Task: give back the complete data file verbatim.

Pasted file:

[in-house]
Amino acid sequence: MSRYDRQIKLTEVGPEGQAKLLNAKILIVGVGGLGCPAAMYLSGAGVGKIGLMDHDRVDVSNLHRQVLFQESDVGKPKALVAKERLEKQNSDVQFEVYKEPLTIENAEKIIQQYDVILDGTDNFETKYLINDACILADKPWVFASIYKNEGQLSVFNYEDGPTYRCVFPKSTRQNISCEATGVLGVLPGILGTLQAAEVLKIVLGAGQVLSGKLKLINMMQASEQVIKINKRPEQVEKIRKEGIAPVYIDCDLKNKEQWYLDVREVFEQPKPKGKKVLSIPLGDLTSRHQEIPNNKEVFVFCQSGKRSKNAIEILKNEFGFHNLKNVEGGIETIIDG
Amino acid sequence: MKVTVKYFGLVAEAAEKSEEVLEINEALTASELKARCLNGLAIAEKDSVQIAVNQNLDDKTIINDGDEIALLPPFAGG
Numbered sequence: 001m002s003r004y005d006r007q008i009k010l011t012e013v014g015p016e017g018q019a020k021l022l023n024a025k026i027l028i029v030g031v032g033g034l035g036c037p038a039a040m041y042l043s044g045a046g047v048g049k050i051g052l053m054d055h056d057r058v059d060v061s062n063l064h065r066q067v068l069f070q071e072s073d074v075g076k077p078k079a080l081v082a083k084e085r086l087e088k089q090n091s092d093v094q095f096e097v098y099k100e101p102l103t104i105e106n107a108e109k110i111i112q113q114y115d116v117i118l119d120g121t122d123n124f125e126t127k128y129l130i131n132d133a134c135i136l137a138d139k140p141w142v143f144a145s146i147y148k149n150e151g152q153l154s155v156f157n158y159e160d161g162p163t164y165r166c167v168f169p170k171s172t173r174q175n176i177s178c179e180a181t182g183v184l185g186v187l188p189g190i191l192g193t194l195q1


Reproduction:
[in-house]
Amino acid sequence: MSRYDRQIKLTEVGPEGQAKLLNAKILIVGVGGLGCPAAMYLSGAGVGKIGLMDHDRVDVSNLHRQVLFQESDVGKPKALVAKERLEKQNSDVQFEVYKEPLTIENAEKIIQQYDVILDGTDNFETKYLINDACILADKPWVFASIYKNEGQLSVFNYEDGPTYRCVFPKSTRQNISCEATGVLGVLPGILGTLQAAEVLKIVLGAGQVLSGKLKLINMMQASEQVIKINKRPEQVEKIRKEGIAPVYIDCDLKNKEQWYLDVREVFEQPKPKGKKVLSIPLGDLTSRHQEIPNNKEVFVFCQSGKRSKNAIEILKNEFGFHNLKNVEGGIETIIDG
Amino acid sequence: MKVTVKYFGLVAEAAEKSEEVLEINEALTASELKARCLNGLAIAEKDSVQIAVNQNLDDKTIINDGDEIALLPPFAGG
Numbered sequence: 001m002s003r004y005d006r007q008i009k010l011t012e013v014g015p016e017g018q019a020k021l022l023n024a025k026i027l028i029v030g031v032g033g034l035g036c037p038a039a040m041y042l043s044g045a046g047v048g049k050i051g052l053m054d055h056d057r058v059d060v061s062n063l064h065r066q067v068l069f070q071e072s073d074v075g076k077p078k079a080l081v082a083k084e085r086l087e088k089q090n091s092d093v094q095f096e097v098y099k100e101p102l103t104i105e106n107a108e109k110i111i112q113q114y115d116v117i118l119d120g121t122d123n124f125e126t127k128y129l130i131n132d133a134c135i136l137a138d139k140p141w142v143f144a145s146i147y148k149n150e151g152q153l154s155v156f157n158y159e160d161g162p163t164y165r166c167v168f169p170k171s172t173r174q175n176i177s178c179e180a181t182g183v184l185g186v187l188p189g190i191l192g193t194l195q1